The more passionately republican our politicians are, the more expensive they seem to be when they retire from office.
Politicians receive very generous superannuation to which they contribute nothing or very little, compared with the general public.
Most of the voters' superannuation comes from themselves with a top up from their employers. Public servants are marginally better off.
But all or most of the politicans' superannuation has come from -you guessed it – the voters.
In addition the politicans may access their superannuation at an early age, again unlike the public.
To the voters in struggle street, the politicans must seem to be a most privileged class. Perhaps this should be brought into the debate about turning the country into a polticians' republic.
As in so many other things of which that State should not be proud, New South Wales appears to lead the country.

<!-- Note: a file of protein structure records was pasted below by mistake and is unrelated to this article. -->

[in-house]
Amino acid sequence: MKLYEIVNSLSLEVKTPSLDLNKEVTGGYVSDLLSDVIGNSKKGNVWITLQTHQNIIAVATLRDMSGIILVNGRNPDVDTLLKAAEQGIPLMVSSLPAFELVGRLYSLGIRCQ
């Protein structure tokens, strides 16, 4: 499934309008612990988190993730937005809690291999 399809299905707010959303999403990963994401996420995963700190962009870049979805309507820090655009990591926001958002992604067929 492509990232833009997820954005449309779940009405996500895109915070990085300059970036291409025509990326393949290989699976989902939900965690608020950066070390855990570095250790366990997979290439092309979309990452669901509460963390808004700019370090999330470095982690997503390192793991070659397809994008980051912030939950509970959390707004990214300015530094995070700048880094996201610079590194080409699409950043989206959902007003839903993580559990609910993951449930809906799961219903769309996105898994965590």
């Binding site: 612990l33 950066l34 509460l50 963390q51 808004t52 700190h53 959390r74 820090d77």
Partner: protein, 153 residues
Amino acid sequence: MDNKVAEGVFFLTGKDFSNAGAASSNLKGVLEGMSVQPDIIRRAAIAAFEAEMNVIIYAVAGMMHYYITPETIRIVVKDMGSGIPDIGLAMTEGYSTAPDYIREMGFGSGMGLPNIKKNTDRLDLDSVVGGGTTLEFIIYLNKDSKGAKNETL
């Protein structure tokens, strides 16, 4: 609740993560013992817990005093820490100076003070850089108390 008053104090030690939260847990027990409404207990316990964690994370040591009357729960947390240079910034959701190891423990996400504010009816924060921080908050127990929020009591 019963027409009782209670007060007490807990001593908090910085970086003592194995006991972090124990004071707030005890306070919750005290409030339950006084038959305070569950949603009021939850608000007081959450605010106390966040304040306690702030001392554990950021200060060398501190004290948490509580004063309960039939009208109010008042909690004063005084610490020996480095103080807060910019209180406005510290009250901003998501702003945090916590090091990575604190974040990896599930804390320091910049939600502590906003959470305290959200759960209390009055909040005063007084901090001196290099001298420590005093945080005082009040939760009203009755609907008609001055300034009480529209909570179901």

Former premiers now cost the NSW taxpayers over $1.2 million a year.
Mr. Iemma, who has just resigned, will receive an indexed pension of $ 130,000 pa.
He has declared himself a strong republican, refusing to reverse the decision to expel the Governors of New South Wales from their purpose built home, Government House.
Although he served less than the norm, four years, Andrew Clennell and Alexandra Smith reported in The Sydney Morning Herald of 26 September, 2008 that he wants the same benefit paid to his predecessor, republican the Hon. Bob Carr.
Former Labor premiers Bob Carr and the Hon. Neville Wran already each cost more than $400,000 a year. They are entitled to a driver and a car, a city office and an assistant, and first-class air travel.
This is apart from their generous superannuation.
Former Liberal premier the Hon. Nick Greiner. receives similar support. Mr Greiner's successor, the Hon. John Fahey, spends about $20,000 on a car. Mr. Fahey subsequently went into Federal politics.
Last year it was revealed the taxpayer was paying $429 a month in subscriptions to various journals for Mr. Carr. The Herald says that they were then cancelled.
By way of contrast, the Hon. Barrie Unsworth, who was premier from 1986 to 1988, costs the taxpayer nothing.
Whatever his views on fundamental constitutional change, we are unable to find any public record of Mr Unsworth’s interest, much less passion in this area.
In this he is completely unlike his successors who could all be fairly described as "passionate"'republicans.
Is there is an interesting correlation here?